Ramona’s Trainer: “Vitamins will Kill You!”

By Peter San Nicolas

I recently ran across an article explaining that multivitamins were actually bad for your health and actually cause some deaths in this particular study!

CBS News reports that this was a 19-year study involving 39,000 women with an average age of 62. The study looked at B6, Folic Acid, Iron, Magnesium, Zinc and Copper and stated that the women took at least one pill containing these ingredients.

The study showed an increased risk of death associated with iron, yet the deaths were not directly linked to the supplementation. This was also a self-reporting study and considered someone to be a user of multi’s if they took one pill once every six month! OK, are we seeing some flaws in this study yet?

Let’s first take a look at what JAMA (Journal of American Medical Association) says about taking multivitamins in its article, Vitamins for Chronic Disease Prevention in Adults, Clinical Applications:

“We recommend that all adults take one multivitamin daily. This practice is justified mainly by the known and suspected benefits of supplemental folate and vitamins B12, B6, and D in preventing cardiovascular disease, cancer, and osteoporosis and because multivitamins at that dose are safe and inexpensive. It is reasonable to consider a dose of 2 ordinary multivitamins daily in the elderly, specifically because of the high prevalence of suboptimal vitamin B12 and D intake.”

You might say I eat a well-balanced diet of a variety of foods, so I don’t need a vitamin. Yeah, right! First off, most of us eat the same foods daily, so there is lack of variety and, secondly, the foods we eat are just not as rich in nutrients as they once were.

Next time you eat a tomato, notice the lack of color. This can be attributed to over-farming of soil.

“Over-farming is taking too much away from the land and not returning enough back. It can include depleting the soil of nutrients, lowering the water table, loss of soil through erosion (water or wind), among many other things.”*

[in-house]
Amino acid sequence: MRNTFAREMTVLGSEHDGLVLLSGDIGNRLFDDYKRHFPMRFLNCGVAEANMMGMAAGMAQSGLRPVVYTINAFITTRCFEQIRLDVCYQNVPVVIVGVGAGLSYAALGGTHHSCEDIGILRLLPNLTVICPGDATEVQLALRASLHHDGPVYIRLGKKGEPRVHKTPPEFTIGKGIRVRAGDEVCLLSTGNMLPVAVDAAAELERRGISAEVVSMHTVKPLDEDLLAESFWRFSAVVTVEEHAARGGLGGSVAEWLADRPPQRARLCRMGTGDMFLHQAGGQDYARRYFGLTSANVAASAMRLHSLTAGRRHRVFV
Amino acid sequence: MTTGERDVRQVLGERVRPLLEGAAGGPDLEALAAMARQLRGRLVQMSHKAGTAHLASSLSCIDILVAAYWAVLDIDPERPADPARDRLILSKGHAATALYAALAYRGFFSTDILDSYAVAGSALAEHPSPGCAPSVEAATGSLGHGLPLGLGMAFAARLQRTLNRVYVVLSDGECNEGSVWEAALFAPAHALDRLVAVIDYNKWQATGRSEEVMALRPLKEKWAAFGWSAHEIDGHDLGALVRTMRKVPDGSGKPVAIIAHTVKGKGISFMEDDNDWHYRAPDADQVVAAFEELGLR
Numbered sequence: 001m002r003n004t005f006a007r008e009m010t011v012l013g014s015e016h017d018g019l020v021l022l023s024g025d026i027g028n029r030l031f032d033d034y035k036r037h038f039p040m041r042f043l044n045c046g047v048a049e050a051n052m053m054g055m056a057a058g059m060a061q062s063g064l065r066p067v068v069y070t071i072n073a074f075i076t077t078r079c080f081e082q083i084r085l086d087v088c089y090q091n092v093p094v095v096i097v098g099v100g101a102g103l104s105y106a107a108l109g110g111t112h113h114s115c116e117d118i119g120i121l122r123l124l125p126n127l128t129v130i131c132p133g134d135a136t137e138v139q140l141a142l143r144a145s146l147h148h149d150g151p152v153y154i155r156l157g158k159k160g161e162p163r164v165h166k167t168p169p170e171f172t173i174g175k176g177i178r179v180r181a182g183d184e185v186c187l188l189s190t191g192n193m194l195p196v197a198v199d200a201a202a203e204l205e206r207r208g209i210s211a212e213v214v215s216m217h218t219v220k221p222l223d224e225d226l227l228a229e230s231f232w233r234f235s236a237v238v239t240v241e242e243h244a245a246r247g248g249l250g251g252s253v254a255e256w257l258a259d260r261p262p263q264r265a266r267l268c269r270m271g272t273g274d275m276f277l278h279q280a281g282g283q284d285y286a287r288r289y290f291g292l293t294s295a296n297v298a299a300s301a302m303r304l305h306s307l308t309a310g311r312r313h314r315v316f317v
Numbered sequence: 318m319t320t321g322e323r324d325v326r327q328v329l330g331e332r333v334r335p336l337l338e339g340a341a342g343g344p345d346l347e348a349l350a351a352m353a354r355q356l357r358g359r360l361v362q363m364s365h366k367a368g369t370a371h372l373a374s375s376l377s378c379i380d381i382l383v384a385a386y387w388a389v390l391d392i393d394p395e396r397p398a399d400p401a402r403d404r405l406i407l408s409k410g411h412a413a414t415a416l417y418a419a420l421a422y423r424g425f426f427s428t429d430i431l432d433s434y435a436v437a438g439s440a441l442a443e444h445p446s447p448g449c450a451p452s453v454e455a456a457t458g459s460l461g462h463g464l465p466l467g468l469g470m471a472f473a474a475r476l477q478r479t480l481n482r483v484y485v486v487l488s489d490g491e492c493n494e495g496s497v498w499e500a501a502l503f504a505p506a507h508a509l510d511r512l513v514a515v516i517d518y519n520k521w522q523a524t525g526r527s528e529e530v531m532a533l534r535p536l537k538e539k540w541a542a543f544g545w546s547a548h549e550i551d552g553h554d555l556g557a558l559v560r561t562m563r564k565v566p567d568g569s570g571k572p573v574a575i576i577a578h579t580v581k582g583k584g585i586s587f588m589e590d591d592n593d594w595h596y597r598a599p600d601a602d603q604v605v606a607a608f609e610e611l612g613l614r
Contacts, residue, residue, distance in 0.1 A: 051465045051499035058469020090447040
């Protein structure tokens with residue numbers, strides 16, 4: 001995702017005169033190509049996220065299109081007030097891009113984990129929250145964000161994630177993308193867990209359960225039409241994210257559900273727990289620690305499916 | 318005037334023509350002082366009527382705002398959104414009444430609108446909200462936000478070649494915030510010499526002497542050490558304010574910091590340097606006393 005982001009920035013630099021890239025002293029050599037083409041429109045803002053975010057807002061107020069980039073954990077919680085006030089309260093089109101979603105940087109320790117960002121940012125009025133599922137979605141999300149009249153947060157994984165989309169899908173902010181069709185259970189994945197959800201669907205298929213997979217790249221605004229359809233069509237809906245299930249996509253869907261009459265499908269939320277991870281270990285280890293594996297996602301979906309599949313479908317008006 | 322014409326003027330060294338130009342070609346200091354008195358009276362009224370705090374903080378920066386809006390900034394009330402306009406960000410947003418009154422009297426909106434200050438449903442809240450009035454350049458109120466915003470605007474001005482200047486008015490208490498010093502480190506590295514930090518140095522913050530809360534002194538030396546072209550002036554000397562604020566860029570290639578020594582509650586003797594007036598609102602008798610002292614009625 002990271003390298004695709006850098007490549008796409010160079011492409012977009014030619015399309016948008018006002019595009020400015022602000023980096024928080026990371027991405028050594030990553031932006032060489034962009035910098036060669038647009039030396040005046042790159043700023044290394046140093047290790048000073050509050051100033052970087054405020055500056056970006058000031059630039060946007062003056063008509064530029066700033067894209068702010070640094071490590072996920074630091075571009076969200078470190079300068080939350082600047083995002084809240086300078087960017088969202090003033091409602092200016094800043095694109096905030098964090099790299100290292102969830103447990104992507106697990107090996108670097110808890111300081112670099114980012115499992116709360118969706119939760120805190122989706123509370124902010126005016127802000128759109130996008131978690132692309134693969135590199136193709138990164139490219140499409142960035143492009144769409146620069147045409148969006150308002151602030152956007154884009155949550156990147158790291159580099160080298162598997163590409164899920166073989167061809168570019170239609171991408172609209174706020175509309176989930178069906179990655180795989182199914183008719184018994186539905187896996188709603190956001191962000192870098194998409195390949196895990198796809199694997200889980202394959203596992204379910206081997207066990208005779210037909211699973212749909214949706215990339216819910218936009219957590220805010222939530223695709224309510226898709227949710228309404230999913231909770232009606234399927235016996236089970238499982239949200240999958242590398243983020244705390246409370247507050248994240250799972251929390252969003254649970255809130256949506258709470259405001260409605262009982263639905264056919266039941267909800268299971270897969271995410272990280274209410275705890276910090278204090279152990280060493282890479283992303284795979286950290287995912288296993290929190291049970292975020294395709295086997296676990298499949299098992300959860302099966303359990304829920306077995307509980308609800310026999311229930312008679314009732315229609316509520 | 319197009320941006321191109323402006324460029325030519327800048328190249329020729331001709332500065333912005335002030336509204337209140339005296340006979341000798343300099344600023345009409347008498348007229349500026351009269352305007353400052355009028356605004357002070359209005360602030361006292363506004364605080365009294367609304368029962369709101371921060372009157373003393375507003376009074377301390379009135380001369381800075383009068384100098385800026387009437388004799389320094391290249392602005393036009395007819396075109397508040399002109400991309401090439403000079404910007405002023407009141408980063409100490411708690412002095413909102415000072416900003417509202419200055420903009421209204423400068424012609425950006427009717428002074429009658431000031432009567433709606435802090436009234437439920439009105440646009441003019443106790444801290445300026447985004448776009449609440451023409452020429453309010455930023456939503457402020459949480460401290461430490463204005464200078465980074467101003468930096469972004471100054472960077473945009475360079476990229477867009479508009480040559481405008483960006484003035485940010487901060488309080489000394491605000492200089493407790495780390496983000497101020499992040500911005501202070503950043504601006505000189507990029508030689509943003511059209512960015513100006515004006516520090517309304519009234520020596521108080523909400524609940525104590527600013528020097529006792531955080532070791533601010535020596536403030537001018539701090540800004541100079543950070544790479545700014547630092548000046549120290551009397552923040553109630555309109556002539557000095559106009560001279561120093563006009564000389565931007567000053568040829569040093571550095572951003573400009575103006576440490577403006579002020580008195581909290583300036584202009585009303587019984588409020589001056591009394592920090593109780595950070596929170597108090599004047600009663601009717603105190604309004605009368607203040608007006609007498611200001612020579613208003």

Studies show that you would have to eat approximately 3,500 calories per day of a wide scope and variety of foods to achieve a decent balance of vitamins and minerals from your diet. To give you an idea, weighing 203 pounds with 185 pounds of lean body mass, I am on my feet 9 hours per day and work out an hour and a half per day. I burn 4,000 calories per day.

Think about your daily activities and take a lean body mass of 140 for men and 100 for women. Eating 3,500 calories per day is going to make you gain 1-2 pounds of fat per week!

The moral of the story is make sure you don’t just read the headlines, but look deeper and check the sources. Don’t do things in excess and always check with a Registered Dietician or qualified Doctor. Be honest with yourself. You are going to have a hard time getting all your vitamins and minerals from your diet, so just make sure you are covered.

Peter San Nicolas, owner of Ramona Fitness Center at 558 Main St., is a National Academy of Sports Medicine certified fitness professional titleist and a Performance Institute certified golf fitness professional and owner of Ramona Fitness Center. He may be contacted at 760-789-3500.

Related posts:

  1. Ramona’s Trainer: Back to school, back to fitness
  2. Ramona’s Trainer: ‘I’m Starving and I’m not Losing Weight’
  3. Ramona’s Trainer: Changing Lives
  4. Ramona’s Trainer: Vacation Workout
  5. Ramona’s Trainer: Traveling Trainer, Part Two

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Posted by Staff on Oct 29 2011. Filed under Columnists. You can follow any responses to this entry through the RSS 2.0. You can leave a response or trackback to this entry

1 Comment for “Ramona’s Trainer: “Vitamins will Kill You!””

  1. Mike

    I am into corporate sales and my job is really stressful as I need to meet sales target every month. I also do all the coordination for all the pending project of my accounts. Not to mention that I also need to send daily admin reports. Being in this kind of job is not easy and I need to beat stress by going to the massage nd have myself be pampered.
    Mary,

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